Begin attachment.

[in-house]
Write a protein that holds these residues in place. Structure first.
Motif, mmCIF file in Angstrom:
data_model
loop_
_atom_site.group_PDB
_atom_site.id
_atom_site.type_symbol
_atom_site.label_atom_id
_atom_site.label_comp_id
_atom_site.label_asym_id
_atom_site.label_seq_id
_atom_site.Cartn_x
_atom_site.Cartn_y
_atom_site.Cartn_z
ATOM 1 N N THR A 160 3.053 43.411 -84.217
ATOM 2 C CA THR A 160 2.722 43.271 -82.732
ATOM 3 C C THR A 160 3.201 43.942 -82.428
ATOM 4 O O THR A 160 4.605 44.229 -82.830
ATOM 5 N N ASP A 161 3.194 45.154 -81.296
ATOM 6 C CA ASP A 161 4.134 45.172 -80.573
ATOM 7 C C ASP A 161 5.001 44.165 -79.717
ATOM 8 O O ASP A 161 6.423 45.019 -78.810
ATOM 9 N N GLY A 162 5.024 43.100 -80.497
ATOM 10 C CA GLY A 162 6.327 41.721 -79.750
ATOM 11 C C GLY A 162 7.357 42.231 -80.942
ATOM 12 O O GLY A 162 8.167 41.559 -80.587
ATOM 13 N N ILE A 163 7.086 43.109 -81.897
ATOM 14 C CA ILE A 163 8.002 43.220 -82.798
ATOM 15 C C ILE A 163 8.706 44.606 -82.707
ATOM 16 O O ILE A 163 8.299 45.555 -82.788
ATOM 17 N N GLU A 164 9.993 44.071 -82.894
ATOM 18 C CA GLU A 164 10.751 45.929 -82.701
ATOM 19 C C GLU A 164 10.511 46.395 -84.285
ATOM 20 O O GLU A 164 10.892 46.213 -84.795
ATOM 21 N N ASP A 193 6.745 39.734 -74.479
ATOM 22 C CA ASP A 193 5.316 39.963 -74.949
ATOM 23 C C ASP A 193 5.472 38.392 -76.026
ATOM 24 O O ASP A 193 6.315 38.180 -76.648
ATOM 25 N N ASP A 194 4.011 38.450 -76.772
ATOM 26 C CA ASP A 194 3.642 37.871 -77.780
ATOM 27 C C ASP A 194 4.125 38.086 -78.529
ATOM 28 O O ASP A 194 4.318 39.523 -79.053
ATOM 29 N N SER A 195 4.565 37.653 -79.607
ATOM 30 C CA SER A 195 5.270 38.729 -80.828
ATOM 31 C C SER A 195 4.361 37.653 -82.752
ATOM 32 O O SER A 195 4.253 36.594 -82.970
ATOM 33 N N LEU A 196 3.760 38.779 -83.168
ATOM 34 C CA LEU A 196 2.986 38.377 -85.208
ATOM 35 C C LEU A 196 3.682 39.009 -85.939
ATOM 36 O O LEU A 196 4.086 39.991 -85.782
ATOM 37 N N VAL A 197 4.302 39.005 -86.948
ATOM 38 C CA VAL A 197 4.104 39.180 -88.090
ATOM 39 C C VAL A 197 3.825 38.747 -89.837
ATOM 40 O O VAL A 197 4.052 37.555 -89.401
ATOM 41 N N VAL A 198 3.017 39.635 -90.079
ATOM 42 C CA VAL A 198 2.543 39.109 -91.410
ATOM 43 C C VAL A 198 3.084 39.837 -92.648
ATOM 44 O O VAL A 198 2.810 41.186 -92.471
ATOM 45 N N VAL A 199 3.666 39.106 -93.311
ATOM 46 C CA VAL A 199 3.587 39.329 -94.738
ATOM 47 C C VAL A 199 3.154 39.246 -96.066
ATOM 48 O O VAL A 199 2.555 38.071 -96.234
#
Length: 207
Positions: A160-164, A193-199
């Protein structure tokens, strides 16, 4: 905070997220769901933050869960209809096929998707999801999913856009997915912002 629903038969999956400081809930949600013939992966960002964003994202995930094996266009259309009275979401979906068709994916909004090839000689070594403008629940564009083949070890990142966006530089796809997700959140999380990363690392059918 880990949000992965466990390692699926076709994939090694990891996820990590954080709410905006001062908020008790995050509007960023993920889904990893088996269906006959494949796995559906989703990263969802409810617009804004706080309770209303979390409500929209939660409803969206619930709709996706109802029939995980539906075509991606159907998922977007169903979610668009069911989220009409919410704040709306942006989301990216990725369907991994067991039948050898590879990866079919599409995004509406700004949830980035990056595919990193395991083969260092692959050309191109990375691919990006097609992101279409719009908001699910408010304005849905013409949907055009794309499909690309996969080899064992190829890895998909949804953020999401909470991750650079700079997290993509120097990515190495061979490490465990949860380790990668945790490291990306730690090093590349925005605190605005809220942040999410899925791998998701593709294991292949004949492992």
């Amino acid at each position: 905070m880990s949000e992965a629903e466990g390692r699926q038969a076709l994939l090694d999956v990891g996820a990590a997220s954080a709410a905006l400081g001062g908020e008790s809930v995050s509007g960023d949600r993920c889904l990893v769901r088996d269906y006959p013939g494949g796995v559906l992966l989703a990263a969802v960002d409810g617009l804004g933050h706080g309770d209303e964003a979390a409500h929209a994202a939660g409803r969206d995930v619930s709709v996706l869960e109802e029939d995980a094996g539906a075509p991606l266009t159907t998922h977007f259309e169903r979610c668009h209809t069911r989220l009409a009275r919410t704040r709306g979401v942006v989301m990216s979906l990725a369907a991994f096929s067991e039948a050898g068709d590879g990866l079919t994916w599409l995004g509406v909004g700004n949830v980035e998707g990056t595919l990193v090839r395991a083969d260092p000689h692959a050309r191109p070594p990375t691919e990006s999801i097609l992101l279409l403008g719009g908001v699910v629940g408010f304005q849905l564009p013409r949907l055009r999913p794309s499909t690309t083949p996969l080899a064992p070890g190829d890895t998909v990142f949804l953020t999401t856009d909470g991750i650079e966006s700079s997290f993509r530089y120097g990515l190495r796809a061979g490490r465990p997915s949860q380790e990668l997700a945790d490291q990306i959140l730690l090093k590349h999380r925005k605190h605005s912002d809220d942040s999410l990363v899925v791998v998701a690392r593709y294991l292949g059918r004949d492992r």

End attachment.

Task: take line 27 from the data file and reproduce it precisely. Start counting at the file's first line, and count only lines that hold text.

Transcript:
ATOM 12 O O GLY A 162 8.167 41.559 -80.587